Quantcast
Environmental News for a Healthier Planet and Life

'This Is History in the Making': Cherokee Nation Is First U.S.-Based Tribe to Preserve Seeds in 'Doomsday Vault'

Popular
Svalbard Global Seed Vault or the 'doomsday vault' is seen above. Global Crop Diversity Trust / Flickr / CC BY-NC-ND 2.0

The Cherokee Nation will save seeds from the "three-sisters" crops in the Arctic "doomsday vault," making it the first Native American tribe to ensure culturally emblematic crops will be preserved for the future, as The Guardian reported.


Never before has a Native American tribe received an invitation to store heirloom seeds in the Svalbard Global Seed Vault, which lies in the permafrost over 800 miles into the Arctic Circle.

The Cherokee nation has donated seeds for nine varieties of corn, squash and beans to the vault, which has nearly one million packs of seeds from almost every country in the world, according to its own statistics. The vault has the capacity to store about 4.5 million varieties of seeds.

The seed vault, which is owned and operated by Norway, aims to store seeds to protect them from catastrophe, such as disease, pests or war, as CNN reported.

Included in the nine crops that the Cherokee nation sent is "Cherokee White Eagle Corn, the tribe's most sacred corn, which is typically used during cultural activities, and three other varieties of corn grown for consumption in distinct locations to keep the strains pure. Other seeds sent to the seed bank include Cherokee Long Greasy Beans, Cherokee Trail of Tears Beans, Cherokee Turkey Gizzard black and brown beans, and Cherokee Candy Roaster Squash," according to Anadisgoi, the official Cherokee Nation newsletter. The crops all predate European settlement of the Americas and are vital to the Cherokee cultural identity.

"This is history in the making, and none of it could have been possible without the hard work of our staff and the partnership with the team in Norway," Cherokee Nation Principal Chief Chuck Hoskin Jr. said to Anadisgoi. "It is such an honor to have a piece of our culture preserved forever. Generations from now, these seeds will still hold our history and there will always be a part of the Cherokee Nation in the world."

As The Guardian reported, the Cherokee are only the second native peoples to deposit seeds into the vault. Their deposit follows the banking of 750 potato seeds from an indigenous Andean community.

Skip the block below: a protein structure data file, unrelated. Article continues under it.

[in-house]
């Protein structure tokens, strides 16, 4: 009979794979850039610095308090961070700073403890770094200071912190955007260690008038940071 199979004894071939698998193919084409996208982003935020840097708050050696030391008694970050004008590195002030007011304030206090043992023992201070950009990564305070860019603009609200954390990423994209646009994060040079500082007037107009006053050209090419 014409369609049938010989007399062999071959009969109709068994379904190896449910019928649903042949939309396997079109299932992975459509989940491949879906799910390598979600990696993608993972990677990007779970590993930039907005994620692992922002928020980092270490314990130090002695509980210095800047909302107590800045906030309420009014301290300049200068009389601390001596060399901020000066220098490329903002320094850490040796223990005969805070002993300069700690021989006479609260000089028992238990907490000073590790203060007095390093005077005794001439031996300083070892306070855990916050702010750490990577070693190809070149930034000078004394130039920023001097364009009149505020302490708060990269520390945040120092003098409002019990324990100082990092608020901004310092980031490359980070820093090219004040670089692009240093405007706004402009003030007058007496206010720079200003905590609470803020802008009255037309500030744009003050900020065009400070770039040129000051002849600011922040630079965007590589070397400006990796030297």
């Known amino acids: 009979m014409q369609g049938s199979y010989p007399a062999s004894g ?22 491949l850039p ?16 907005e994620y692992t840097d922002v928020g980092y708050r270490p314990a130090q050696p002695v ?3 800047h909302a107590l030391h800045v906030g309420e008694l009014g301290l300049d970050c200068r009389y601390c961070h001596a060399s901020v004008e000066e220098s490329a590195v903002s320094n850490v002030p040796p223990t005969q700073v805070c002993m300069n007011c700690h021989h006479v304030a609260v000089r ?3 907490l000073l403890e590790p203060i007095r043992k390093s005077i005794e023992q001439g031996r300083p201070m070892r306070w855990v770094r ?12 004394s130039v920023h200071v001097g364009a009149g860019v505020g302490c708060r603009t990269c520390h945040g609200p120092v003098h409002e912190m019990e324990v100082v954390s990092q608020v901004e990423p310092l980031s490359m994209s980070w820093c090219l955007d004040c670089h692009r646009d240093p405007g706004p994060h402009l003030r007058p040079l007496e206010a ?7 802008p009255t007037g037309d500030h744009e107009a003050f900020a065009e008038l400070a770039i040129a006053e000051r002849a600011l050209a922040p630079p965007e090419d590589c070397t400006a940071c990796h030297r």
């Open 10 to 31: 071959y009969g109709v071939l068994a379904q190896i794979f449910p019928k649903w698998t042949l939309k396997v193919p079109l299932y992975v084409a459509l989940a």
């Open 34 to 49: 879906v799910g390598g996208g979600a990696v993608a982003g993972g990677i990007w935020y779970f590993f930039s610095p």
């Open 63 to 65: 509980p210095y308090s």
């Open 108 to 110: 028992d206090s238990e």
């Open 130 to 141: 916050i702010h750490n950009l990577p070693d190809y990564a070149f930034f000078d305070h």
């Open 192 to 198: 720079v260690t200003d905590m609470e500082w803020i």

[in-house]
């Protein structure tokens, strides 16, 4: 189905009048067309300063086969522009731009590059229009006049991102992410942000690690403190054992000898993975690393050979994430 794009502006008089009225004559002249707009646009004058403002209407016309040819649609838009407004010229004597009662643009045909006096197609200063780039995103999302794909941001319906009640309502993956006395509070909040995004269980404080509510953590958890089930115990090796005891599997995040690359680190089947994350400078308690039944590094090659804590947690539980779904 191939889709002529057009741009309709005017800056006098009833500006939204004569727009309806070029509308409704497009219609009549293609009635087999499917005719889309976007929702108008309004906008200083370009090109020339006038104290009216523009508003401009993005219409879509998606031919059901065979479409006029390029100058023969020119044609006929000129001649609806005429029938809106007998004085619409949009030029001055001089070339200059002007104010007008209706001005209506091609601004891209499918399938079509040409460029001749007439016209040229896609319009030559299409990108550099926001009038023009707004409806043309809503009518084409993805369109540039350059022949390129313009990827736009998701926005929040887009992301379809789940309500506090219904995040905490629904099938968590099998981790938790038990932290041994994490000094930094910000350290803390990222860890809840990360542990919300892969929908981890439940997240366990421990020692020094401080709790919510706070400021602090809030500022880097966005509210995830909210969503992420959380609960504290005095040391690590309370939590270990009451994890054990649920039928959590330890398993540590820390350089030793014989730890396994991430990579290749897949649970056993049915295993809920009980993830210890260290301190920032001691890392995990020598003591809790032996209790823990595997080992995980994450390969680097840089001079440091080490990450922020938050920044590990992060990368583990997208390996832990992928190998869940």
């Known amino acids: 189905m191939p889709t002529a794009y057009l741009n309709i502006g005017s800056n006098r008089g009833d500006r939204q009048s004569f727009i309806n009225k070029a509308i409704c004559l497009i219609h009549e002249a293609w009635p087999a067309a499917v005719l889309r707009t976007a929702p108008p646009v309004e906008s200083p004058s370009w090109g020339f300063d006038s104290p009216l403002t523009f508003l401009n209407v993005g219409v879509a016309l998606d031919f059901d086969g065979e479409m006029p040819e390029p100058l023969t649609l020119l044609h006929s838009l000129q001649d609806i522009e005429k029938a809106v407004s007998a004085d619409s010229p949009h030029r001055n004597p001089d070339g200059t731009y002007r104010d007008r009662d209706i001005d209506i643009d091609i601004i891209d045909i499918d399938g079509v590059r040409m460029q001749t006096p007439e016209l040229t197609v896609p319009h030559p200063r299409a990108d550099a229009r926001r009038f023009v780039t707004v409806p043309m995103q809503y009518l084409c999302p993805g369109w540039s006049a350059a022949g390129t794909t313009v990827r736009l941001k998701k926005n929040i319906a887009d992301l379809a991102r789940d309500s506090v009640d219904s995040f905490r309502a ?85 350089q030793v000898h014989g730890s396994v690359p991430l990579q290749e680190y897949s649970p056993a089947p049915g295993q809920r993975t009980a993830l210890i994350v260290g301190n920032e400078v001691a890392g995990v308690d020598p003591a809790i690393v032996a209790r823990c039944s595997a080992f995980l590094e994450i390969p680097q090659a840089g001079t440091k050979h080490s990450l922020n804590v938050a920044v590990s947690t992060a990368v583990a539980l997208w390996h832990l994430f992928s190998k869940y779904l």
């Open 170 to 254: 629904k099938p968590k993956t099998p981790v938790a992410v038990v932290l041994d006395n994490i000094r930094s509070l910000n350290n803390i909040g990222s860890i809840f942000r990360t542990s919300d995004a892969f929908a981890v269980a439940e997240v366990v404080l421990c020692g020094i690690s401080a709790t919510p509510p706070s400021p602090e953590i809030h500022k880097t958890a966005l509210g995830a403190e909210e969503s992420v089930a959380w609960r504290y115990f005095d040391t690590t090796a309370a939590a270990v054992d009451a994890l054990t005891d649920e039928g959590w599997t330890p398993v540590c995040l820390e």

The invitation to bank seeds in the Arctic stemmed from the Cherokee Nation's own seed-saving program, which distributes packs of heirloom seeds to tribe members. Just last week, the Cherokee Nation Heirloom Garden and Native Plant Site started its annual distribution of seeds to any Cherokee citizen who requested them. Last year, it sent out nearly 10,000 packs of seeds, according to Food and Wine. The program has been running since 2006 and growing steadily.

"It's important that we continue to distribute these seeds every year," Feather Smith, a cultural biologist for the Cherokee Nation, told the Cherokee Phoenix, as Food and Wine reported. "These plants represent centuries of Cherokee cultural and agricultural history. They provide an opportunity for Cherokees to continue the traditions of our ancestors and elders, as well as educate our youth in Cherokee culture."

The Svalbard Global Seed Vault inspired the Cherokee seed bank. It has become a means to both save heirloom seeds and to also preserve Cherokee culture, Pat Gwin, senior director of environmental resources for the Cherokee Nation, said to NPR.

The NPR story caught the attention of Luigi Guarino, director of science for the Global Crop Diversity Trust, who contacted Gwin about having the tribe's seeds in the Global Seed Vault, according to CNN.

"The Cherokee Nation Seed Bank has always hoped to be able to deposit our traditional food crops into Svalbard one day," Feather Smith, Cherokee Nation cultural biologist, said to Anadisgoi.

"This is a tremendous opportunity and honor for the tribe," Gwin said in a statement, as CNN reported. "Additionally, knowing the Cherokee Nation's seeds will be forever protected and available to us, and us only, is a quite valuable thing indeed."

EcoWatch Daily Newsletter

Heavy industry on the lower Mississippi helps to create dead zones. AJ Wallace on Unsplash.

Cutting out coal-burning and other sources of nitrogen oxides (NOx) from heavy industry, electricity production and traffic will reduce the size of the world's dead zones along coasts where all fish life is vanishing because of a lack of oxygen.

Read More Show Less

Despite the ongoing coronavirus pandemic, which has restricted the ability to gather in peaceful assembly, a Canadian company has moved forward with construction of the controversial Keystone XL pipeline, according to the AP.

Read More Show Less
Sponsored
A gas flare from the Shell Chemical LP petroleum refinery illuminates the sky on August 21, 2019 in Norco, Louisiana. Drew Angerer / Getty Images.

Methane levels in the atmosphere experienced a dramatic rise in 2019, preliminary data released Sunday shows.

Read More Show Less
A retired West Virginia miner suffering from black lung visits a doctor for tests. Andrew Lichtenstein / Corbis via Getty Images

In some states like West Virginia, coal mines have been classified as essential services and are staying open during the COVID-19 pandemic, even though the close quarters miners work in and the known risks to respiratory health put miners in harm's way during the spread of the coronavirus.

Read More Show Less
Solar panel installations and a wind turbine at the Phu Lac wind farm in southern Vietnam's Binh Thuan province on April 23, 2019. MANAN VATSYAYANA / AFP via Getty Images

Renewable energy made up almost three quarters of all new energy capacity added in 2019, data released Monday by the International Renewable Energy Agency (IRENA) shows.

Read More Show Less